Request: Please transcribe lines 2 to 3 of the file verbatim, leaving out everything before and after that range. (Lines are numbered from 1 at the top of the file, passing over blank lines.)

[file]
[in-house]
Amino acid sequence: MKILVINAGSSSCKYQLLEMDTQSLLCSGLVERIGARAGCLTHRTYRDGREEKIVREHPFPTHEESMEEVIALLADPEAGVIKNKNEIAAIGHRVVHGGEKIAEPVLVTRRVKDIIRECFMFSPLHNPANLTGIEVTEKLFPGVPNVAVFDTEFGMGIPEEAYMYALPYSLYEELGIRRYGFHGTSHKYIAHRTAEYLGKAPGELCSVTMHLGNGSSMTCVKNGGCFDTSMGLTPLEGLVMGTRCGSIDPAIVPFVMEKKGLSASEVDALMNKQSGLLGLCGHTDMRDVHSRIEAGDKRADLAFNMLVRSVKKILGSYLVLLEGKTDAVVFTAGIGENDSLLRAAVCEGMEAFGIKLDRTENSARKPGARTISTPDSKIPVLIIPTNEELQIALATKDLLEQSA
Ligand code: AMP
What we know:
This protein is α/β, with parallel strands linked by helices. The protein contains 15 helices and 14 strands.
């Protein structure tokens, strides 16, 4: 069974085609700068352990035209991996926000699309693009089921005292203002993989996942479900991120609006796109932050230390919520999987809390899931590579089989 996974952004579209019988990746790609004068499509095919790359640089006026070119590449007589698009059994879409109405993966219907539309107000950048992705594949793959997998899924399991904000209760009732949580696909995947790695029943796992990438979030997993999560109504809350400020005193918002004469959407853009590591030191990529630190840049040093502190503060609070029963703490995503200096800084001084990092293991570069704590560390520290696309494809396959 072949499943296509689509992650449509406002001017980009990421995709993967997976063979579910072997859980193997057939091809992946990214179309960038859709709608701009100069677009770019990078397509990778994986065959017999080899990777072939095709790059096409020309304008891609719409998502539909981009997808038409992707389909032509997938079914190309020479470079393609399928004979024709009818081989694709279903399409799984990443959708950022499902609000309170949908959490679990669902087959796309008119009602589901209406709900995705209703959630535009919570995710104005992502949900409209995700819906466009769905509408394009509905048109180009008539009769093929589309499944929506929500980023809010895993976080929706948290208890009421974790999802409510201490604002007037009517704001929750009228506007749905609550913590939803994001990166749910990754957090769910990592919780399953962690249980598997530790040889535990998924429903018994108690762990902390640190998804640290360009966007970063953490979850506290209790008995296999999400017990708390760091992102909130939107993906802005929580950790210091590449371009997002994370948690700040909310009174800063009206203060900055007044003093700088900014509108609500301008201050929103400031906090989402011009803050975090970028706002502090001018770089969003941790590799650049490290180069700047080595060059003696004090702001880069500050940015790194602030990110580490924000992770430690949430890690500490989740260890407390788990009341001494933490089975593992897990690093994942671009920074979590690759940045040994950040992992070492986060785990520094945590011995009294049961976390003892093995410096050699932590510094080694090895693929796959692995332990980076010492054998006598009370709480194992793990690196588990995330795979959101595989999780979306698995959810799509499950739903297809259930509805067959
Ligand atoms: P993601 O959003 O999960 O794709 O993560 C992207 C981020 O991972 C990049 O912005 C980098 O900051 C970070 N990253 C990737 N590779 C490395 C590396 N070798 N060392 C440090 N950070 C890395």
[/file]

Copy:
Amino acid sequence: MKILVINAGSSSCKYQLLEMDTQSLLCSGLVERIGARAGCLTHRTYRDGREEKIVREHPFPTHEESMEEVIALLADPEAGVIKNKNEIAAIGHRVVHGGEKIAEPVLVTRRVKDIIRECFMFSPLHNPANLTGIEVTEKLFPGVPNVAVFDTEFGMGIPEEAYMYALPYSLYEELGIRRYGFHGTSHKYIAHRTAEYLGKAPGELCSVTMHLGNGSSMTCVKNGGCFDTSMGLTPLEGLVMGTRCGSIDPAIVPFVMEKKGLSASEVDALMNKQSGLLGLCGHTDMRDVHSRIEAGDKRADLAFNMLVRSVKKILGSYLVLLEGKTDAVVFTAGIGENDSLLRAAVCEGMEAFGIKLDRTENSARKPGARTISTPDSKIPVLIIPTNEELQIALATKDLLEQSA
Ligand code: AMP